High-tech products like batteries and electronics contain a variety of valuable, scarce, and in some cases potentially harmful materials, but in only a few exceptional cases (such as lead-acid batteries) is the material being recovered efficiently. Cotributing to SDGs 7, 9 and 12, this special issue seeks to elucidate the technical and institutional difficulties inherent in recycling these products and provide a forum for sharing potential ways to overcome them.
Sustainable Materials and Technologies, Volume 23, April 2020
Lithium-ion batteries (LIBs) have an established role in the consumer electronics markets with minimum risk of replacement from any other contender in the near future. The recent momentum towards electric vehicles and the renewable energy storage market is creating an increased demand for LIBs. The large amount of hazardous waste generated from the disposal of LIBs is driving research into a sustainable approach for LIB treatment and recovery. The positive electrode active materials being the main targeted component as it is the greatest cost contributor to LIBs production.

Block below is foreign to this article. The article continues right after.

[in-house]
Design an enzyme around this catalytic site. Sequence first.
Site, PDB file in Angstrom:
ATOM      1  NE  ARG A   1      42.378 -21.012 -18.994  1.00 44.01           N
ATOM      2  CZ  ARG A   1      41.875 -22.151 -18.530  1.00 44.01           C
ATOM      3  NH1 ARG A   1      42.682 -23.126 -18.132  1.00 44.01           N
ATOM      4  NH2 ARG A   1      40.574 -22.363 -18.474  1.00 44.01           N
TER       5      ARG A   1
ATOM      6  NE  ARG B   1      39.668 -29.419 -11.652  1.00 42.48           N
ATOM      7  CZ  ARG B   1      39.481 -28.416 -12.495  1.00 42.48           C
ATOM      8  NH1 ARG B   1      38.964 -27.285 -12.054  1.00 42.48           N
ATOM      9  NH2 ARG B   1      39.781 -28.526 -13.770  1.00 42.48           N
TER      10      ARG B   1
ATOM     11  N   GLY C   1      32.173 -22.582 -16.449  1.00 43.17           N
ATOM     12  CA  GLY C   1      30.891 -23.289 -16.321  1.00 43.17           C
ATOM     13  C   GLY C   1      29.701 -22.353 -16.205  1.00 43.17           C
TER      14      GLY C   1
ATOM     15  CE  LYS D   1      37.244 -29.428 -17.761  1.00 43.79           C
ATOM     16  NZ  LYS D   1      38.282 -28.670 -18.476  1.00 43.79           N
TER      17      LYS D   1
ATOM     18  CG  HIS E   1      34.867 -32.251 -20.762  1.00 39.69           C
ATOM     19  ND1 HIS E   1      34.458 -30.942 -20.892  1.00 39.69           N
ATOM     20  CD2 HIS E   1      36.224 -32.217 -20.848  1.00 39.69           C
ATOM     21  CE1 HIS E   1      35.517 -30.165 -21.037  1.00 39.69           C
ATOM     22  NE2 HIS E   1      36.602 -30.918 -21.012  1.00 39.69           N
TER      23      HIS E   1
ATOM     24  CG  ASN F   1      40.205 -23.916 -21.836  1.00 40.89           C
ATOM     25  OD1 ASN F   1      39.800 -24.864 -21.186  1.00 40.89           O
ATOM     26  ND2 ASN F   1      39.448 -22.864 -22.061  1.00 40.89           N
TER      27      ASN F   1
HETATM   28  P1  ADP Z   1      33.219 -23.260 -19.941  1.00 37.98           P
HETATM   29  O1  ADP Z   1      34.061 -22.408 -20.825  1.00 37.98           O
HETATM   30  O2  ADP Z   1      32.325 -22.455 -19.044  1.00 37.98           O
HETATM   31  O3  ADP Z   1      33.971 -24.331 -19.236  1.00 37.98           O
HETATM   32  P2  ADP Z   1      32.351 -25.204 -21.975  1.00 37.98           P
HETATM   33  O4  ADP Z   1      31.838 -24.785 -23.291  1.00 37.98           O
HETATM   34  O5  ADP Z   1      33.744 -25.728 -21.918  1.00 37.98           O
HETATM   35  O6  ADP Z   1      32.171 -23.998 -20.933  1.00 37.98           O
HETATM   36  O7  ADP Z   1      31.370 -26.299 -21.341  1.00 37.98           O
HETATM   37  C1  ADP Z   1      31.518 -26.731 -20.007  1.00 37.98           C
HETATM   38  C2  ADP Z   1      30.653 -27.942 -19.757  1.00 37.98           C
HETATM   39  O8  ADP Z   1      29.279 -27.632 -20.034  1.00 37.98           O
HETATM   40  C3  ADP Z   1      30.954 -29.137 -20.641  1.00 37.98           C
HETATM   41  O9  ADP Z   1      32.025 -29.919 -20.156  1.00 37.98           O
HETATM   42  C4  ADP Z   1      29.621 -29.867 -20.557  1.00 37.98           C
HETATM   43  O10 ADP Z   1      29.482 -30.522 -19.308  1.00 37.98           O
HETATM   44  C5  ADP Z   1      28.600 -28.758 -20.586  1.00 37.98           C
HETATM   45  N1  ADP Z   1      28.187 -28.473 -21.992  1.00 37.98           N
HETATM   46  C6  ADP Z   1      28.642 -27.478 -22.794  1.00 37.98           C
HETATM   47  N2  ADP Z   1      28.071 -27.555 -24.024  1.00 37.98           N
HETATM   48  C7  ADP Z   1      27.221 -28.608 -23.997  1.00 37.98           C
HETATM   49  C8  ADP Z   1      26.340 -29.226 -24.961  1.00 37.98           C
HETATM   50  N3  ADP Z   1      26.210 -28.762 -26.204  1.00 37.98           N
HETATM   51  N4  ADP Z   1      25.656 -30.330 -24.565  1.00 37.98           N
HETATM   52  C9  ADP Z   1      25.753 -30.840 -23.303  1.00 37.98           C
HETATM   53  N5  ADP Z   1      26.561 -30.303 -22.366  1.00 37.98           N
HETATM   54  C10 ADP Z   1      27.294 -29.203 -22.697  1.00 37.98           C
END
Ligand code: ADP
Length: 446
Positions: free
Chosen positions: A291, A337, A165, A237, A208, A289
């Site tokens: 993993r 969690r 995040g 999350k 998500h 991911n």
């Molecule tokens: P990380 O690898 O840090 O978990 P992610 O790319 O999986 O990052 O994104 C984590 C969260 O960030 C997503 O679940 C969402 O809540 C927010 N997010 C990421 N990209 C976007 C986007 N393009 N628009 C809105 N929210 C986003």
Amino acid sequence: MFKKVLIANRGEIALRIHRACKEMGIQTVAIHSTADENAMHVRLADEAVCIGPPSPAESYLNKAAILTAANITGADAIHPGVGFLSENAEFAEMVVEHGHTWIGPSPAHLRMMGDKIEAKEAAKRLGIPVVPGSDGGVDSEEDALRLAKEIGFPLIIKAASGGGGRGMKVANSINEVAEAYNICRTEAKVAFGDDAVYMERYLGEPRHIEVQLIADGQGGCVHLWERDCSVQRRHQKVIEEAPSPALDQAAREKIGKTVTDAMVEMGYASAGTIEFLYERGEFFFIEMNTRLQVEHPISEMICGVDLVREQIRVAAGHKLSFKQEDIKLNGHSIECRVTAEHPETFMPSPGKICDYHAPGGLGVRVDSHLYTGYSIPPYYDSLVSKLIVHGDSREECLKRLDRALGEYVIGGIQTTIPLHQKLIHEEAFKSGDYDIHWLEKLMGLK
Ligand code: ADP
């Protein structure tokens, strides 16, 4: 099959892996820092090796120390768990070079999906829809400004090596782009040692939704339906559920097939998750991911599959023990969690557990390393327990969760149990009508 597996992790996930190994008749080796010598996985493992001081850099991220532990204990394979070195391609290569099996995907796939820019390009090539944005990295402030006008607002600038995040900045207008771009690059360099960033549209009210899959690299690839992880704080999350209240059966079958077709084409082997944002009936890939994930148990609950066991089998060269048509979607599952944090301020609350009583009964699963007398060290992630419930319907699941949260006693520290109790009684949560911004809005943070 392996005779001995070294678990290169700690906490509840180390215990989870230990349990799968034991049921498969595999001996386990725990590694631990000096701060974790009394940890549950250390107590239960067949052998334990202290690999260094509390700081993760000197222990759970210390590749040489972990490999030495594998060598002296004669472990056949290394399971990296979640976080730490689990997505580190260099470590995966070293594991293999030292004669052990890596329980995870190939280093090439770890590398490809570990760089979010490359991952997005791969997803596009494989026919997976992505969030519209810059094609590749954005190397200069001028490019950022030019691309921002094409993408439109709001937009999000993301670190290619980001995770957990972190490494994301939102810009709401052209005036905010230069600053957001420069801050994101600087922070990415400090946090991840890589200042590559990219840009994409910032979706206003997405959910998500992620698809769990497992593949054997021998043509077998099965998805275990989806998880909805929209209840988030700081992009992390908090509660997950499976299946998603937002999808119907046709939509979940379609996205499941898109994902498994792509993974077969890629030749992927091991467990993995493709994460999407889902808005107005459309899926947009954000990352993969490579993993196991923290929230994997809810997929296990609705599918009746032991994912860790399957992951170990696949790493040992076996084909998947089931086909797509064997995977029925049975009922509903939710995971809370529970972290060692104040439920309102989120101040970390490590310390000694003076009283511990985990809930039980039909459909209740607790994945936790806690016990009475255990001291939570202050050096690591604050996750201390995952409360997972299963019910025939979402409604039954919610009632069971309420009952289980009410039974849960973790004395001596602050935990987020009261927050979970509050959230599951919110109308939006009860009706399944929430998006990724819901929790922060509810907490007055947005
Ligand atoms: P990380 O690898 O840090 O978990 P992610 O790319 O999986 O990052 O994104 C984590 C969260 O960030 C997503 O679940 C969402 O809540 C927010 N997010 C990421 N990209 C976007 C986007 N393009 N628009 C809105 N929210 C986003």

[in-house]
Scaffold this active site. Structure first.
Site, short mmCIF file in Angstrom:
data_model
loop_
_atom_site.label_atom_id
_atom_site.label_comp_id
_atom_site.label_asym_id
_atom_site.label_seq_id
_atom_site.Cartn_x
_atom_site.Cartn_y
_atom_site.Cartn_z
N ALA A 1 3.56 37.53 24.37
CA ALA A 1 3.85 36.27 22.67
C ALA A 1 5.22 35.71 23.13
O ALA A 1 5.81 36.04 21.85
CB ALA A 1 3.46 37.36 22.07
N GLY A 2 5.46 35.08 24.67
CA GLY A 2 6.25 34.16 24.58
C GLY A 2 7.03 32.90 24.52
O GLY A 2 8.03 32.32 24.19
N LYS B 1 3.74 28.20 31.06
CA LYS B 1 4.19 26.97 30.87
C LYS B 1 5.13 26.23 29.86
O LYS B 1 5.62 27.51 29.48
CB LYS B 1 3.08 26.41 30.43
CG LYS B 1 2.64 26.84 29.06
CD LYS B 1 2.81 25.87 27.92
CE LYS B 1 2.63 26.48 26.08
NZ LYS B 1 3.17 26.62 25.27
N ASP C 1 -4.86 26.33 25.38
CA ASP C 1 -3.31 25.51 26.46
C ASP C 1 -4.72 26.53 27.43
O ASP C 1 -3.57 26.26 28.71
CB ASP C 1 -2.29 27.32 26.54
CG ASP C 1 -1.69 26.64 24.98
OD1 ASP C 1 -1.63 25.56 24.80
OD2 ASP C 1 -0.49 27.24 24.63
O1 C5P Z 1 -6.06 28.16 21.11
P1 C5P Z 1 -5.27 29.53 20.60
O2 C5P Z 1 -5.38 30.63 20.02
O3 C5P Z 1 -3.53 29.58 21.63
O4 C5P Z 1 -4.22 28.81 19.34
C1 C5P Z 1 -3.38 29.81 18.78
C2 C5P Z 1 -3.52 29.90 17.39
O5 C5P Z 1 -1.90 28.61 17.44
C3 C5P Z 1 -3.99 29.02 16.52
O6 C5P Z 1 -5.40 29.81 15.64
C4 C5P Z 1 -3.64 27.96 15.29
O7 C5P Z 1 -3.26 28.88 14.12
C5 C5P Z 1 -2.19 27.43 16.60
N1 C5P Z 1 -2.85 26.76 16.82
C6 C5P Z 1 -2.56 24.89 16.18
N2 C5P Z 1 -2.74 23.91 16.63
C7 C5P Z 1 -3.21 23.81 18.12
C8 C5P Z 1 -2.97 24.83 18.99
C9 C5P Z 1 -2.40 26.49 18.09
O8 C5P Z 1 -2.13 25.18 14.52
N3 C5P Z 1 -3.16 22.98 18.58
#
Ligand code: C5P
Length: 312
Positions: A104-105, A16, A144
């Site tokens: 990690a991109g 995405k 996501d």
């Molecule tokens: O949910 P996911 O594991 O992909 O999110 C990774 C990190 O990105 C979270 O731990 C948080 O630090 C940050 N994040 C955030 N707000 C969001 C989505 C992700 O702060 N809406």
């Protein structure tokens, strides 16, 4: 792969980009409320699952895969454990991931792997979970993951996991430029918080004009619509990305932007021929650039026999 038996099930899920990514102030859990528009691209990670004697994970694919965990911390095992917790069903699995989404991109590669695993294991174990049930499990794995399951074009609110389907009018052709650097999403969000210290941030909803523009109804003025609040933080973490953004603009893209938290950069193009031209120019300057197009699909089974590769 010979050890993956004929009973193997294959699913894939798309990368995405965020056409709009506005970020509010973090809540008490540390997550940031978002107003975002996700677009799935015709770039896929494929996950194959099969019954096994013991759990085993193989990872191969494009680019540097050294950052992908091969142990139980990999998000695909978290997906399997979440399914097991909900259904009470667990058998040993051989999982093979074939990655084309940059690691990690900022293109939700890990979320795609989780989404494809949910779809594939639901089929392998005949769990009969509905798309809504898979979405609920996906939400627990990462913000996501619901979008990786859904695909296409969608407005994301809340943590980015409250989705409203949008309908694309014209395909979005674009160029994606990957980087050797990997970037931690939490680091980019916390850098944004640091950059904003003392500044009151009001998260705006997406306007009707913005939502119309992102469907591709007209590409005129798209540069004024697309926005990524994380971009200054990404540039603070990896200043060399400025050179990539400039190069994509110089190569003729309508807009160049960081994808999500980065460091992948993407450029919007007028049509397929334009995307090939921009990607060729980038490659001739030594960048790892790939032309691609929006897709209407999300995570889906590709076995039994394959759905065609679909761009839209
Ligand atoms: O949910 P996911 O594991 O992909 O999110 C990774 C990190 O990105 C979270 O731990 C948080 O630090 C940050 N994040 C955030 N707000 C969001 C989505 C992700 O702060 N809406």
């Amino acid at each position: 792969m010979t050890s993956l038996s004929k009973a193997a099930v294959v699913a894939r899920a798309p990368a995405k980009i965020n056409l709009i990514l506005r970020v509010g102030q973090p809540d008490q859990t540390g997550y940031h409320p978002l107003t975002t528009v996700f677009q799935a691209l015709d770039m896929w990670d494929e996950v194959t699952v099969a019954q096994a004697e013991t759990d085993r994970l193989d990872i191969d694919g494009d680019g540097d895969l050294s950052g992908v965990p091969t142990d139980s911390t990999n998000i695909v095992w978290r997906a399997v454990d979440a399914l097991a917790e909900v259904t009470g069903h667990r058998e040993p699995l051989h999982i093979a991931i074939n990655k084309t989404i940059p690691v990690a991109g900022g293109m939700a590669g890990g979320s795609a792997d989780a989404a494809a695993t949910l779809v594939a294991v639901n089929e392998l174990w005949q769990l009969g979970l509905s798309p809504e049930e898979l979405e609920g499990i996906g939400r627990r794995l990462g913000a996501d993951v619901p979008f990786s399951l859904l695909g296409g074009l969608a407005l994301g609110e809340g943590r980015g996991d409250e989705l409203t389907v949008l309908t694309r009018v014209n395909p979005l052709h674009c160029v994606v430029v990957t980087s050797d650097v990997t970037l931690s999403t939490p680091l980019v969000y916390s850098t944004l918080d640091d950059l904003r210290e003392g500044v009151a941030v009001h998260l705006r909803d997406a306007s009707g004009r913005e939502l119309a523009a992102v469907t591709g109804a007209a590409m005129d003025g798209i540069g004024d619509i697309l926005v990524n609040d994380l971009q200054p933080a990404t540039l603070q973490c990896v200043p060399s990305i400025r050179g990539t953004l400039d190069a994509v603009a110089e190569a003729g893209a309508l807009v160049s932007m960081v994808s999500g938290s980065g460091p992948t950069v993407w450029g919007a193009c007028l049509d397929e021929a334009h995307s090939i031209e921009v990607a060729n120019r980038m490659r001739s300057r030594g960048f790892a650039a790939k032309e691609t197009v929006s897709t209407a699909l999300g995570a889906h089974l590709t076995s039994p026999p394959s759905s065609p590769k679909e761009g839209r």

Sustainable Materials and Technologies, Volume 17, September 2018
There is a need to develop technology to enable a resource-efficient and economically feasible recycling system for lithium-ion batteries and thus assure the future supply of the component materials. Lithium-ion batteries are complex products, and designs and materials are still evolving, which makes planning for future recovery more challenging. Several processes for recycling are proposed or operating, and each has advantages and disadvantages. This paper compares these processes on technical and economic bases, elucidating differences in benefits as a function of cathode composition.